Failed corn, sorghum crops reported in Kansas

Failed corn, sorghum crops reported in drought-stricken western Kansas despite spotty rains

Associated Press

WICHITA, Kan. (AP) -- In a good year, corn grower Dennis McNinch can look over his green fields of tasseled corn shooting 7 feet high by this point in the growing season. This year, the corn on McNinch's farm in western Kansas barely reaches 4 feet high and much of it has turned brown.

It's the third year of drought for the area, and much of McNinch's corn is dead.

"I'd say 25 percent of my crop is gone," he said Tuesday in a phone interview.

He is not alone. The National Agricultural Statistics Service reported Monday that spotty rain showers this past week have been too little to improve drought conditions in western Kansas. Crops and pastures continue to suffer.

The agency says it has received reports of failed corn and sorghum crops in areas missed by the rain, as well as fields damaged by hail or wind.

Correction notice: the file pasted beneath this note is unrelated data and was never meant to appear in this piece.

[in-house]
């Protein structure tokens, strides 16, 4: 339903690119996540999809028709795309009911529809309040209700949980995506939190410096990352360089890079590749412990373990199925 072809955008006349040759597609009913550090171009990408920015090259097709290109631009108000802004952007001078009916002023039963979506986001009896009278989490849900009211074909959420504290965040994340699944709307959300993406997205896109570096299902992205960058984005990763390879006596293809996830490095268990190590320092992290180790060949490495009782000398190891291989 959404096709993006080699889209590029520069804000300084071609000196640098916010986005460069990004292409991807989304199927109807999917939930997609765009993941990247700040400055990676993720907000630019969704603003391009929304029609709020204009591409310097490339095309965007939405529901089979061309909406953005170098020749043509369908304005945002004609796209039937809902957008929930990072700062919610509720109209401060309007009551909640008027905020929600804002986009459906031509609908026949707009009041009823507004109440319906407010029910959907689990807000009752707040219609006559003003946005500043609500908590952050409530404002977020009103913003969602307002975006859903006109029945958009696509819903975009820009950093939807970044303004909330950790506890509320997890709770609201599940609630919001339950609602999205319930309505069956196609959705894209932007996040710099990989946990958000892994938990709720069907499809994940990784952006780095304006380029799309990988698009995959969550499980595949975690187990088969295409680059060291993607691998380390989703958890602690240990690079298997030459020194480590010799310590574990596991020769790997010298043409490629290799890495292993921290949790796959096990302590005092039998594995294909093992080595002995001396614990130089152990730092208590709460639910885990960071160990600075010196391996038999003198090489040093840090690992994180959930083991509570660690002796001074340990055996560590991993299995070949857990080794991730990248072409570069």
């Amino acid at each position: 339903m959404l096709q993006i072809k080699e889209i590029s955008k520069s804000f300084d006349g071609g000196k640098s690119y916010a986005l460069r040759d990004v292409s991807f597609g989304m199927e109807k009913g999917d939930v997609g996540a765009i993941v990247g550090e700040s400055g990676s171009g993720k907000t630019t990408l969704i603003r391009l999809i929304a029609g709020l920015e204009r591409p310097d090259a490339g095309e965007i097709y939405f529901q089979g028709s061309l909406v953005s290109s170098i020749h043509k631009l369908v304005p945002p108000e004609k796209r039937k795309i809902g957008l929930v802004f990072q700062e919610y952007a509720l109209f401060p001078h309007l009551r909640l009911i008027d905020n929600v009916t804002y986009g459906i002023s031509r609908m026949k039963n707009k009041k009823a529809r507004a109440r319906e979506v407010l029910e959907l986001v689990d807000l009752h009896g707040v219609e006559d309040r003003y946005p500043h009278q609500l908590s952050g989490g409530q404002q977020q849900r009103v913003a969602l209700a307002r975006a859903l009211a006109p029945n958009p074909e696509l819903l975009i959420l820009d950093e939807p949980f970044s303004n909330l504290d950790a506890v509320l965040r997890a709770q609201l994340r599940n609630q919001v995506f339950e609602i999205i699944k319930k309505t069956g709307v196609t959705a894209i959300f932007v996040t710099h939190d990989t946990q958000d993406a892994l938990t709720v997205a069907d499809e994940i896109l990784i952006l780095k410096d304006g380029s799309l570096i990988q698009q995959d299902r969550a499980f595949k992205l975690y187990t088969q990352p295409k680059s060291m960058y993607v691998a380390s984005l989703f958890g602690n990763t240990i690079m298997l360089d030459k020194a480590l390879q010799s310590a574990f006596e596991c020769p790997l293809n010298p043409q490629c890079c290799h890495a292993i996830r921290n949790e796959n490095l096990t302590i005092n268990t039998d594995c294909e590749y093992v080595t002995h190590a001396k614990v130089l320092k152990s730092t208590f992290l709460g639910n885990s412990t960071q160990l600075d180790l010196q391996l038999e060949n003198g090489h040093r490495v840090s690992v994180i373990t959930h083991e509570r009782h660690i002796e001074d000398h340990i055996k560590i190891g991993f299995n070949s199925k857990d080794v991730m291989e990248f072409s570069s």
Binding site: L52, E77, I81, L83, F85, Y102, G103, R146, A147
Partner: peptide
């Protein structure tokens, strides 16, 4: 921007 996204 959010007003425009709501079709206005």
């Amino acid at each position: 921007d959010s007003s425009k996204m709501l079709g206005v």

"By nature, you almost have to be an optimist," McNinch said. "You head into it thinking possibly the drought is over and harvest is something to get satisfaction for all this hard work. And then just basically you watch it start withering away."

The corn crop's condition across Kansas has declined so much that the Agricultural Statistics Service reported this week that 30 percent is now considered in poor to very poor shape. About 39 percent is rated fair, 28 percent is good and 3 percent is in excellent condition.

Among other Kansas crops:

— Sorghum is also hurting, with 21 percent in poor to very poor condition. About 43 percent is rated as fair, 34 percent as good and 2 percent as excellent. About 3 percent of the crop is just beginning to head.

— Soybean condition is rated as 13 percent poor to very poor. About 46 percent is rated as fair, 39 percent as good and 2 percent excellent. About 35 percent of the crop is now blooming, and 4 percent is setting pods.

— Roughly 10 percent of sunflower fields are now blooming across Kansas. The condition of the crop is pegged as 14 percent poor to very poor, 39 percent fair, 41 percent good and 6 percent excellent.

Livestock producers are not faring much better.

The latest government snapshot shows 55 percent of Kansas ranges and pastures remain in poor to very poor condition. Stock water supplies are short to very short in 42 percent of the state.

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